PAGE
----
Howard completed a second touchdown pass later with a 22-yard play to Shelton Gibson to put West Virginia up 14-0. TCU got on the board on the ensuing possession with a field goal at the end of an 11-play drive. After a three-and-out by the Mountaineers offense, TCU pulled even closer with a 12-play drive capped by a Kenny Hill touchdown pass to Jaelen Austin. West Virginia wasted little time rebuilding the lead with Howard’s third touchdown pass of the half, this time to Gary Jennings.

West Virginia’s Elijah Battle was ejected from the game in the second quarter following the latest in a long string of controversial targeting penalties around college football.

No. 6 Texas A&M scores late to cut into No. 1 Alabama’s lead at halftime

AUBURN, AL - SEPTEMBER 17:  Texas A&M Aggies coach Kevin Sumlin reacts during an NCAA college football game against the Auburn Tigers on September 17, 2016 in Auburn, Alabama. (Photo by Butch Dill/Getty Images)
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Alabama controlled the first half of play in their usual dominating fashion… right up until the final minute of the first half in their latest SEC West showdown.

Texas A&M cut into the Tide’s lead with an eight play, 80 yard touchdown drive just before halftime to head into the locker room down just 13-7 in a game much more lopsided than the score would indicate.

Prior to their final drive of the half, the Aggies couldn’t get much of anything going offensively and were averaging under three yards a play as Alabama’s defense dialed up the pressure and had several bone-rattling hits. Quarterback Trevor Knight made a huge run on 4th down as the clock was running out however to setup an eventual touchdown pass to Josh Reynolds that gave the visitors plenty of hope at the midway mark.

On the flip side, Crimson Tide left tackle Cam Robinson won most of his reps against Aggies star pass rusher Myles Garrett (who appeared banged up) in a marquee matchup for the dozens of NFL scouts on hand. Quarterback Jalen Hurts looked good running the ball and hitting intermediate throws but made a freshman mistake when tossing an interception right to linebacker Claude George during the second quarter to halt a drive.

While a nice development for the A&M defense on the play, they did lose a key player in Donovan Wilson as the result of targeting on the interception return and the Aggies offense promptly threw a pick on their first play after the turnover to give the ball right back.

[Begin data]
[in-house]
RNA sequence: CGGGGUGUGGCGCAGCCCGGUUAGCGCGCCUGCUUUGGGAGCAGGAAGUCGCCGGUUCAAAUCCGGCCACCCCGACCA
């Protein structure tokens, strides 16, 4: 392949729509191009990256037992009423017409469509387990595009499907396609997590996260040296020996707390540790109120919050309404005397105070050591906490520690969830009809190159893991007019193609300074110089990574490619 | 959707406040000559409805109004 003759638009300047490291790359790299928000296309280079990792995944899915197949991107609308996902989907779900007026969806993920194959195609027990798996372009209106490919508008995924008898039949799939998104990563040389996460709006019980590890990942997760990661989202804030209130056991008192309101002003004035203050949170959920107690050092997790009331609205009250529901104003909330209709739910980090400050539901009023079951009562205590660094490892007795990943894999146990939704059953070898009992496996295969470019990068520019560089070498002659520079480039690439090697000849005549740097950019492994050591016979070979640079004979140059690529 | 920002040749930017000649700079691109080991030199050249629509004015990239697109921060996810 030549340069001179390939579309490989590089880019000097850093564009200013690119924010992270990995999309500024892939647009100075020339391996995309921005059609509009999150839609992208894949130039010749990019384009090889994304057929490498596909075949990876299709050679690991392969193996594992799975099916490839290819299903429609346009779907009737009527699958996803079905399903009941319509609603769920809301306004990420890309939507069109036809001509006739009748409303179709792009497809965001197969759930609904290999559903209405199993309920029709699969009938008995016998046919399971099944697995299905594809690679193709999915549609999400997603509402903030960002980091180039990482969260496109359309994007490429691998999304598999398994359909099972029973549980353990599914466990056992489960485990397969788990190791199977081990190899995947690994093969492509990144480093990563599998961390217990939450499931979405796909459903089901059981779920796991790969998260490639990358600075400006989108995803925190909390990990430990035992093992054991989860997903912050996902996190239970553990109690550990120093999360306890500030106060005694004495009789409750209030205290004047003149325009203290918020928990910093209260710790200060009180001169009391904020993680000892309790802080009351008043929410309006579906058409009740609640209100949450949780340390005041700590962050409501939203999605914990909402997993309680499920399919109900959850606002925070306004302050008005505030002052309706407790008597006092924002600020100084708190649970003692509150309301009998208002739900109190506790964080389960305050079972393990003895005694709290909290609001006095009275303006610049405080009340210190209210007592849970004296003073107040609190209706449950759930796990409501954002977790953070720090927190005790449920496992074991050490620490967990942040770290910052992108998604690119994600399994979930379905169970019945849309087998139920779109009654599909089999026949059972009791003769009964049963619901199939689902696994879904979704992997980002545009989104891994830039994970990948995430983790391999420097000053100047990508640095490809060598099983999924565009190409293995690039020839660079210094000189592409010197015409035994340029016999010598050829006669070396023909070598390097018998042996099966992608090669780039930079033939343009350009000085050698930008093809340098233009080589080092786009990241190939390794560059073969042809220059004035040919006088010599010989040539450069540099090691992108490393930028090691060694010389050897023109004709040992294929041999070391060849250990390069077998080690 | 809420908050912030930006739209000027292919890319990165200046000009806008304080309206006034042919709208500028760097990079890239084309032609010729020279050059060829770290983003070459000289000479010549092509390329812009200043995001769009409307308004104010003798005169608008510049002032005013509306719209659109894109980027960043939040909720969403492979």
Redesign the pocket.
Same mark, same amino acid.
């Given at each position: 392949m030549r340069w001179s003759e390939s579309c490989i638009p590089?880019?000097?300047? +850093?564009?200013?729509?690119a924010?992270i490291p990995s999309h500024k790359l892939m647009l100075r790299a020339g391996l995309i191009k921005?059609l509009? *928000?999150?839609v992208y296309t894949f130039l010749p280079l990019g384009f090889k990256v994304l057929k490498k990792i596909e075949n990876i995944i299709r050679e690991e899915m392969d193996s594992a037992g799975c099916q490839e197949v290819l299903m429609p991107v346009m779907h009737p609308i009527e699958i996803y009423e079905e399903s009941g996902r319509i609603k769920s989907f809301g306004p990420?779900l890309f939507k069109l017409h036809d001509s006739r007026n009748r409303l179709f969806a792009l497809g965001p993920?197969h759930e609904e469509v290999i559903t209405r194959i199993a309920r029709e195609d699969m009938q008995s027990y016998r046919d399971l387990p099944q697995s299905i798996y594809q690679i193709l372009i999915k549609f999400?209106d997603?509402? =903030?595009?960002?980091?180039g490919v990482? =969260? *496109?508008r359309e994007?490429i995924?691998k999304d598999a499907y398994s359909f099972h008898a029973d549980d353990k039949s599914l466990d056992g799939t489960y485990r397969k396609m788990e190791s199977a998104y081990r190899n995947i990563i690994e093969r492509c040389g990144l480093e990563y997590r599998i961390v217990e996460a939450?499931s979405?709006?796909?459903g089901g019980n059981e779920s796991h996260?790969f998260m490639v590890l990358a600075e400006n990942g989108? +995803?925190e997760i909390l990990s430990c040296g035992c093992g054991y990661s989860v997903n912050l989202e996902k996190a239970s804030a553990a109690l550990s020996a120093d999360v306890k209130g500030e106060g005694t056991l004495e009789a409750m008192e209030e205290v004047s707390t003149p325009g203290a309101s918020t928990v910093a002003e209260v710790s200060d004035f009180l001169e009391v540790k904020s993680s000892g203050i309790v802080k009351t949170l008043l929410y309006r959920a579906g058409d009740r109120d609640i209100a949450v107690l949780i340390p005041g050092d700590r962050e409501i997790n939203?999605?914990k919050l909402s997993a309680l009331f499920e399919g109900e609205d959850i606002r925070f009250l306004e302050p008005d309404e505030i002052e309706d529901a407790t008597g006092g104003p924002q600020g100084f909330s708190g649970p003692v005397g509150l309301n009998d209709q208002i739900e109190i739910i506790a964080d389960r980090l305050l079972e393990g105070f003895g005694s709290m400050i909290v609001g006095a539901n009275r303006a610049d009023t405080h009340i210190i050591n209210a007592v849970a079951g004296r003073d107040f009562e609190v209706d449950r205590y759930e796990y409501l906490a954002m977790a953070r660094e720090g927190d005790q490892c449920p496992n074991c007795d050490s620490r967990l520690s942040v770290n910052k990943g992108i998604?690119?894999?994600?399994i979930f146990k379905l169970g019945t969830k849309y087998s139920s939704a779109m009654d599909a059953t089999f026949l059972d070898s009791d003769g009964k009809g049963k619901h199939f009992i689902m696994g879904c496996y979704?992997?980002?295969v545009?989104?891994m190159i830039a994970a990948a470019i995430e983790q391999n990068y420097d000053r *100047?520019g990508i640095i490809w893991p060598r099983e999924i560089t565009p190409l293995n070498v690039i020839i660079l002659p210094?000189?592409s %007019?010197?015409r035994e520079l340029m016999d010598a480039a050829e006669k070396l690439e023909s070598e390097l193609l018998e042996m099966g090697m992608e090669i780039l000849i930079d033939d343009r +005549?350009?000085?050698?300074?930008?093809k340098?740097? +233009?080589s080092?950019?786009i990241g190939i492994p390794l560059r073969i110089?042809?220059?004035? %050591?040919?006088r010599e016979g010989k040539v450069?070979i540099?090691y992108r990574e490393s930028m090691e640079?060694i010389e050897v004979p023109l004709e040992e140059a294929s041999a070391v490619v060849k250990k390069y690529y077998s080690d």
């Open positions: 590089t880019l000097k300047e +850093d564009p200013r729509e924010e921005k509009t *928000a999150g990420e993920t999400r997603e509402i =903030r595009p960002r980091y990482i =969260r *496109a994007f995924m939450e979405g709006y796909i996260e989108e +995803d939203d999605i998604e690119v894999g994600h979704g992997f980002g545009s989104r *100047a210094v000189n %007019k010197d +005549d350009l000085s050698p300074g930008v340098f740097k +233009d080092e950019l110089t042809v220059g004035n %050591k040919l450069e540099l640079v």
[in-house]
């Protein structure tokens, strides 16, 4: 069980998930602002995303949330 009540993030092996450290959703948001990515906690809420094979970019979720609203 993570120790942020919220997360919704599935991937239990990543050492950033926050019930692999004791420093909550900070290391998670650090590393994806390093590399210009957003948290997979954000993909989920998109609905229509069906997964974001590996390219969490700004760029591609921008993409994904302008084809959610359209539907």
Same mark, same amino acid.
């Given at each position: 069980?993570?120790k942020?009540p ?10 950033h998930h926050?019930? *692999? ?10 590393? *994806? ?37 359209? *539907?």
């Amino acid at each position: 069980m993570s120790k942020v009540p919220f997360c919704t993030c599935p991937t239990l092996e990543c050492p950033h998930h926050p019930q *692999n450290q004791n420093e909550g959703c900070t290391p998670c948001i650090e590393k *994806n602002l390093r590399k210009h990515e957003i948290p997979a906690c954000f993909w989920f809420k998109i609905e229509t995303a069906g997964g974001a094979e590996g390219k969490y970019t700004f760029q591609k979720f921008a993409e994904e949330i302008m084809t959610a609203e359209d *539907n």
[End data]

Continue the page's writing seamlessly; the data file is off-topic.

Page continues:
Alabama had several other chances to extend their lead in this one during the first half but couldn’t quite take advantage thanks to some miscues that Nick Saban will no doubt be looking to correct in the locker room. Maybe the late score was just enough for Texas A&M to think they can make this a game in the second half but it should be a fun finish in Tuscaloosa either way for this top 10 matchup.

LOOK: Lamar Jackson strikes classic in-game Heisman pose

LOUISVILLE, KY - OCTOBER 22:  Lamar Jackson #8 of the Louisville Cardinals throws a pass during the game against the North Carolina State Wolfpack at Papa John's Cardinal Stadium on October 22, 2016 in Louisville, Kentucky.  (Photo by Andy Lyons/Getty Images)
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When we ultimately exit Week 8, Lamar Jackson will be far and away the favorite to take home the 2016 Heisman Trophy, and for good reason.

Jackson currently has 35 touchdowns in seven games. Entering Week 8, there were only 10 FBS teams with more touchdowns than the Louisville quarterback has all by himself. He’s already broken the school’s single-season touchdown record, and there are still five regular season games plus the postseason remaining.

In the romp over North Carolina State Saturday, Jackson accounted for five of those touchdowns, three passing and two rushing.  He also totaled 483 yards of offense, the fifth time this season he’s gone for 400-plus in a game.

The true sophomore — think about that for a moment, and then shudder if you’re a defensive coordinator on the U of L’s 2017 schedule — is on pace for a historical season, one for the ages that will be the stuff of lore for years to come. And, to that point, he’s now got a picture to go with it that’s worth much more than a thousand words.

Yeah, I’m thinking that photo will get some run, especially come mid-December

UCF still has no use for faux rivalry with UConn, walks off field without ‘Civil Conflict Trophy’

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Normally when one side wins a rivalry game, they can’t wait to get their hands on the traveling trophy and hoist it high as they head off the field.  Of course, in order, for there to be a rivalry, both sides have to agree that, well, there actually is a rivalry.

Last year, to the surprise — and chagrin — of UCF, UConn abruptly revealed that there were “just 130 days until the next Civil Conflict” with @UCF_Football!”  The university even had a trophy created for the rivalry.  All of that was news to the Knights as they stated at the time that they “have no involvement with the trophy or creating a rivalry game with UConn.”

Fast-forward nearly a year and a half, and the, ahem, Civil Conflict was back on as UCF traveled to East Hartford to tangle with UConn for the fourth meeting in a storied series that began in 2013.  Four quarters later, the Knights walked off the field with a 24-16 win… and without the trophy.

Oh, UConn, this is not a good look. This is just sad.  And embarrassing.  If you have any dignity or self-respect left, give it up already.